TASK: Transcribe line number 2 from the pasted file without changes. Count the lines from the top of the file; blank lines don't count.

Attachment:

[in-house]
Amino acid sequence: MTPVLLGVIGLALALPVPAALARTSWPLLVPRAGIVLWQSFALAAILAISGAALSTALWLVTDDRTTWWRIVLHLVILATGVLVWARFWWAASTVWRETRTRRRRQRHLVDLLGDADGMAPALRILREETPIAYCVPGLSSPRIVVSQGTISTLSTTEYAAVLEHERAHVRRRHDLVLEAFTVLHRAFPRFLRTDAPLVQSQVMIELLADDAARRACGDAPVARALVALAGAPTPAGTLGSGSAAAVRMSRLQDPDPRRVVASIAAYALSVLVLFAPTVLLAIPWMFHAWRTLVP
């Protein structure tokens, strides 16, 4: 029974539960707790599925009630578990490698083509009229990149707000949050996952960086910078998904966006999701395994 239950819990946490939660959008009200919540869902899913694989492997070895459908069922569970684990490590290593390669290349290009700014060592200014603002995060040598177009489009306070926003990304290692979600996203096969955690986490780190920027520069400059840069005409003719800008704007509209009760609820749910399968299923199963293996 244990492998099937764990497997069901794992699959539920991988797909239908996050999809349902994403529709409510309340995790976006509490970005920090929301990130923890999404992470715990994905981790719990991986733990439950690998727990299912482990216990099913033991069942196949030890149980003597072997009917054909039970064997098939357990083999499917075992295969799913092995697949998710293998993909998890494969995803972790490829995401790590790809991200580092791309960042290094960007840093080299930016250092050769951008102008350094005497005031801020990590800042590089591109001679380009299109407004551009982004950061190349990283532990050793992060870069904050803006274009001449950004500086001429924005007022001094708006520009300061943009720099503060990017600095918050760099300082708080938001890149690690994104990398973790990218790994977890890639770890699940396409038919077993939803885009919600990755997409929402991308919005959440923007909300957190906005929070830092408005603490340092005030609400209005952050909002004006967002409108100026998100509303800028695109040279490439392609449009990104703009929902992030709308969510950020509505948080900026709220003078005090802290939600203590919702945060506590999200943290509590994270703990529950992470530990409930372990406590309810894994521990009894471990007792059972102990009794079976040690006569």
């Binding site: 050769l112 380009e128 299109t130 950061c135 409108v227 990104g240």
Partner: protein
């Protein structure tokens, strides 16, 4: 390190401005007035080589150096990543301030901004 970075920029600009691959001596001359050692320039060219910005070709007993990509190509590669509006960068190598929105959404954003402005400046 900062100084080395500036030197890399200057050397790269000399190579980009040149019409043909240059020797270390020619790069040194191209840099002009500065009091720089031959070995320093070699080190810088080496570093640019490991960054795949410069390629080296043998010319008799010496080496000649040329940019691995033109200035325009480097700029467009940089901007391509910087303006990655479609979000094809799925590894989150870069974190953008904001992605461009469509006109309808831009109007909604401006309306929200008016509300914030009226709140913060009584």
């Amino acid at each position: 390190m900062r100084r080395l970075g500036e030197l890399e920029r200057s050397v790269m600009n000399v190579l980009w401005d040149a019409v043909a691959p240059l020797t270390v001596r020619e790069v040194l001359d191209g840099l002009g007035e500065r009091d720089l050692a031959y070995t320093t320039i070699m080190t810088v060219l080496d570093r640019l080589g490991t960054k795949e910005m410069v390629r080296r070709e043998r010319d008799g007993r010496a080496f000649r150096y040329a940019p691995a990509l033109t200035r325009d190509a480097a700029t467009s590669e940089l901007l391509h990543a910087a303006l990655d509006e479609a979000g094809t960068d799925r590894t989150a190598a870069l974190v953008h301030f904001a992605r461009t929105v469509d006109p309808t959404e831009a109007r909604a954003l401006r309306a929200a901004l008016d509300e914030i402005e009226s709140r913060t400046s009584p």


Amino acid sequence: MTPVLLGVIGLALALPVPAALARTSWPLLVPRAGIVLWQSFALAAILAISGAALSTALWLVTDDRTTWWRIVLHLVILATGVLVWARFWWAASTVWRETRTRRRRQRHLVDLLGDADGMAPALRILREETPIAYCVPGLSSPRIVVSQGTISTLSTTEYAAVLEHERAHVRRRHDLVLEAFTVLHRAFPRFLRTDAPLVQSQVMIELLADDAARRACGDAPVARALVALAGAPTPAGTLGSGSAAAVRMSRLQDPDPRRVVASIAAYALSVLVLFAPTVLLAIPWMFHAWRTLVP